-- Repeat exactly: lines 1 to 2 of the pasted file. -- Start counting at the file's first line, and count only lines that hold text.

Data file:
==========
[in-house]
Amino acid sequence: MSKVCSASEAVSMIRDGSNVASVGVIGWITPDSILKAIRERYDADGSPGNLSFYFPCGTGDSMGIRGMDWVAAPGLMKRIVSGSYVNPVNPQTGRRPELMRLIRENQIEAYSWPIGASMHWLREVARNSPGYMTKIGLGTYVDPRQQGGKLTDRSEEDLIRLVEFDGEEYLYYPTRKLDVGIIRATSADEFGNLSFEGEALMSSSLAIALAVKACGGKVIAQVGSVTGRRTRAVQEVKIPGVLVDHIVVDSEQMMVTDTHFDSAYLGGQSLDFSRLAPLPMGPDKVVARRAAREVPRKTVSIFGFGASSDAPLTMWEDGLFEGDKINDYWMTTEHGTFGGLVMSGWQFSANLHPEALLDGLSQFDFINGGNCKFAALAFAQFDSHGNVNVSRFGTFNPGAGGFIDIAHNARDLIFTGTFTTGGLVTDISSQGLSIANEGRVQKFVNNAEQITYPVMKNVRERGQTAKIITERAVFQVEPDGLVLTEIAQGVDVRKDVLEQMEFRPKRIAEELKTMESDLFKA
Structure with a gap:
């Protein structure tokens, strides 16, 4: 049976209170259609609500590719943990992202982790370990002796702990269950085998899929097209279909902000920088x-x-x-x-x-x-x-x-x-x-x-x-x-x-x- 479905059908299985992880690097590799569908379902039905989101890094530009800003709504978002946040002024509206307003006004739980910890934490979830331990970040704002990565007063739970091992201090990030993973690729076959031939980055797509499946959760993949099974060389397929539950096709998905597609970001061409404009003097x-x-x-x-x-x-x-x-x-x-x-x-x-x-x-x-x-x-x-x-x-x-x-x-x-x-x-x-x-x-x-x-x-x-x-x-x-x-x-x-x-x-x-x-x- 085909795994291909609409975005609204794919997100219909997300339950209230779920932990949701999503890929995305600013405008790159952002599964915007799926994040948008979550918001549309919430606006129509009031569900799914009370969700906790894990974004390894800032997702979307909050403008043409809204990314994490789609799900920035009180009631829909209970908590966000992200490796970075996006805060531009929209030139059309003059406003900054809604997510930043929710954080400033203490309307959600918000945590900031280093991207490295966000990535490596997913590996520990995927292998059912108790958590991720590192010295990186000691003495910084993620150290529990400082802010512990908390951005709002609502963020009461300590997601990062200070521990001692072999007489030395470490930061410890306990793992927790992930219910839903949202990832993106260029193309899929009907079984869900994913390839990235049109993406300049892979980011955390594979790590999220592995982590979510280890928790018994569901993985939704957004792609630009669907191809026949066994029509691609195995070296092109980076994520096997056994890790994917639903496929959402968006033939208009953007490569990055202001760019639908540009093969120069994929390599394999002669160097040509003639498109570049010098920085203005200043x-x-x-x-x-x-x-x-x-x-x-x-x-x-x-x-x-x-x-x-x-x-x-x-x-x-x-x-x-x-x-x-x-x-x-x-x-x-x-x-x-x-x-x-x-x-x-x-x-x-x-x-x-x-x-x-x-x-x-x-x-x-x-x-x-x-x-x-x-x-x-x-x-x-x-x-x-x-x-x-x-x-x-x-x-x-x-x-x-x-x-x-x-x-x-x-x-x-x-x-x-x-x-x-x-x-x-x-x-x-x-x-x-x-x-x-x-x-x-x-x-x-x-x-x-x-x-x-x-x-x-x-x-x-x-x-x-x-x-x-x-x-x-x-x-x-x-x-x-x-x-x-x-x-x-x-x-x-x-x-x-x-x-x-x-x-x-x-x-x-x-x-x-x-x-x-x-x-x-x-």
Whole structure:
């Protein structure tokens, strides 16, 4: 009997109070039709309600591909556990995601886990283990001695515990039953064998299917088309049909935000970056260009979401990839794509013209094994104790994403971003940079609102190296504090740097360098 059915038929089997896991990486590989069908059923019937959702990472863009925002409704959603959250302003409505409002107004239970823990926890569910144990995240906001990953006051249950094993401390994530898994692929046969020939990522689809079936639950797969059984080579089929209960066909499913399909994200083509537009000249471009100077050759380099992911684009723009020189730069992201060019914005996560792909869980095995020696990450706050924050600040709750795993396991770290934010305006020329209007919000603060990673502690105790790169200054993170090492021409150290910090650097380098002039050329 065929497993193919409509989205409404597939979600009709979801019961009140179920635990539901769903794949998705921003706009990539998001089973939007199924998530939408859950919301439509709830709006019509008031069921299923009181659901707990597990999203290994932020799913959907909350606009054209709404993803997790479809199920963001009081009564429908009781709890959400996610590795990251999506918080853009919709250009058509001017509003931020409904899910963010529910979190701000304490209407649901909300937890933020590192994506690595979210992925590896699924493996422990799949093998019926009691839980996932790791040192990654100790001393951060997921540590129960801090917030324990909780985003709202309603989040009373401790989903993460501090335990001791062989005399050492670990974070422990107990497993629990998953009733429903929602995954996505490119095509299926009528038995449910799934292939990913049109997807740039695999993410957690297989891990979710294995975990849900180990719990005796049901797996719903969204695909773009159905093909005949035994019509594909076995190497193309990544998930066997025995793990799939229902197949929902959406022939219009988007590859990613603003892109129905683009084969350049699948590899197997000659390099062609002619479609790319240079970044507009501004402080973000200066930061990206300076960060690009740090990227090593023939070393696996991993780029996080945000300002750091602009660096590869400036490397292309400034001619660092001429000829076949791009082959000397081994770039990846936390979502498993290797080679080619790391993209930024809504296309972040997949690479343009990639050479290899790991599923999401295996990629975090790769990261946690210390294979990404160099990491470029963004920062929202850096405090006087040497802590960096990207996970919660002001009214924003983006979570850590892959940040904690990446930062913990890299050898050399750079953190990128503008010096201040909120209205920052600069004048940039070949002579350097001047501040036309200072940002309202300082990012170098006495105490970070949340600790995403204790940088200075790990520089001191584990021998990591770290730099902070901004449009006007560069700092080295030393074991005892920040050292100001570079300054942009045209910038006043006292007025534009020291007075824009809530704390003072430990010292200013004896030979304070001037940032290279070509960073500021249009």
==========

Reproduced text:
[in-house]
Amino acid sequence: MSKVCSASEAVSMIRDGSNVASVGVIGWITPDSILKAIRERYDADGSPGNLSFYFPCGTGDSMGIRGMDWVAAPGLMKRIVSGSYVNPVNPQTGRRPELMRLIRENQIEAYSWPIGASMHWLREVARNSPGYMTKIGLGTYVDPRQQGGKLTDRSEEDLIRLVEFDGEEYLYYPTRKLDVGIIRATSADEFGNLSFEGEALMSSSLAIALAVKACGGKVIAQVGSVTGRRTRAVQEVKIPGVLVDHIVVDSEQMMVTDTHFDSAYLGGQSLDFSRLAPLPMGPDKVVARRAAREVPRKTVSIFGFGASSDAPLTMWEDGLFEGDKINDYWMTTEHGTFGGLVMSGWQFSANLHPEALLDGLSQFDFINGGNCKFAALAFAQFDSHGNVNVSRFGTFNPGAGGFIDIAHNARDLIFTGTFTTGGLVTDISSQGLSIANEGRVQKFVNNAEQITYPVMKNVRERGQTAKIITERAVFQVEPDGLVLTEIAQGVDVRKDVLEQMEFRPKRIAEELKTMESDLFKA